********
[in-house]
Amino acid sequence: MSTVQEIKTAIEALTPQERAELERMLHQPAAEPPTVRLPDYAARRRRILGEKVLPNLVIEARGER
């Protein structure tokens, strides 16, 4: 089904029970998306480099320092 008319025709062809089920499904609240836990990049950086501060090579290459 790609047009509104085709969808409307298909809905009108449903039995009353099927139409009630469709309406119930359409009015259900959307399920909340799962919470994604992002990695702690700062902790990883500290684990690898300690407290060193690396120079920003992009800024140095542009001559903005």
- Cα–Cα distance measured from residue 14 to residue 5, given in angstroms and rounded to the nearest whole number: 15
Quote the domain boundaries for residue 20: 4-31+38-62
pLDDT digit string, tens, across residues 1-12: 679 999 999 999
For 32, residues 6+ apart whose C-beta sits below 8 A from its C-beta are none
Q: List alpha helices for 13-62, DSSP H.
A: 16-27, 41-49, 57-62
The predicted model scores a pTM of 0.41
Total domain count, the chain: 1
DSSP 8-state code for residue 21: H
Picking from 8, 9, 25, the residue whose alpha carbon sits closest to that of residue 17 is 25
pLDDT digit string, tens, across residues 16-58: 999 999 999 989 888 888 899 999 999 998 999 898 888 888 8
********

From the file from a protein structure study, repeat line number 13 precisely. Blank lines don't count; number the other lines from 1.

Picking from 8, 9, 25, the residue whose alpha carbon sits closest to that of residue 17 is 25